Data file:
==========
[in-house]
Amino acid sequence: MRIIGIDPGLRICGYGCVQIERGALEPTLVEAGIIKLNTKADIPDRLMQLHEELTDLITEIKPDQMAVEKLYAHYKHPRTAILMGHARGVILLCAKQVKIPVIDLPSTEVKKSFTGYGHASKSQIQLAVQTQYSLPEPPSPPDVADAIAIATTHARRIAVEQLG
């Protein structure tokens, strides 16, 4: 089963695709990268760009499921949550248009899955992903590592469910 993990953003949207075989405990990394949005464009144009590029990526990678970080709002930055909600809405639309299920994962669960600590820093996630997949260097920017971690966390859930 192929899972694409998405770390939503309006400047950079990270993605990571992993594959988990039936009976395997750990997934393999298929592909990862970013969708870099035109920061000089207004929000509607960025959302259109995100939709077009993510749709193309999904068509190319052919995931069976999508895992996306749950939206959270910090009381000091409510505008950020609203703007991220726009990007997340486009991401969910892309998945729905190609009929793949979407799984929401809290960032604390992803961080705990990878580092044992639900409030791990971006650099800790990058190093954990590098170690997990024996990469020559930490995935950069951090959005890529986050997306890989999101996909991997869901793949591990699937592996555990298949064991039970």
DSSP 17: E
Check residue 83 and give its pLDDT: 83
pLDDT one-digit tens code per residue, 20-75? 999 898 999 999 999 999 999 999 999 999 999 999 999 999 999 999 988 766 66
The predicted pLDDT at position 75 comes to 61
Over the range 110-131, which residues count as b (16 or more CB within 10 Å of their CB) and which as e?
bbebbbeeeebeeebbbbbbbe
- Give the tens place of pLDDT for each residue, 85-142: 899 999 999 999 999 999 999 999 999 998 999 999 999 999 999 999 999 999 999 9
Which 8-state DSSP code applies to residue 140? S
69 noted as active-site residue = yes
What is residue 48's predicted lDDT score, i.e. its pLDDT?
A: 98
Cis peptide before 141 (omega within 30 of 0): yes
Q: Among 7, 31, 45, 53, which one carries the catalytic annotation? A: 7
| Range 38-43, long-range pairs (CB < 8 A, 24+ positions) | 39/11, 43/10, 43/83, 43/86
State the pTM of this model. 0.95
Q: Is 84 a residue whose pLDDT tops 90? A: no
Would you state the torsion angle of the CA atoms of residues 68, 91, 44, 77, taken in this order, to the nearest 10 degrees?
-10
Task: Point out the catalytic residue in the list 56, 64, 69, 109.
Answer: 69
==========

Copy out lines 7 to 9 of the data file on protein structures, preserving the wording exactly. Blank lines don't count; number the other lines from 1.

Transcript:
The predicted pLDDT at position 75 comes to 61
Over the range 110-131, which residues count as b (16 or more CB within 10 Å of their CB) and which as e?
bbebbbeeeebeeebbbbbbbe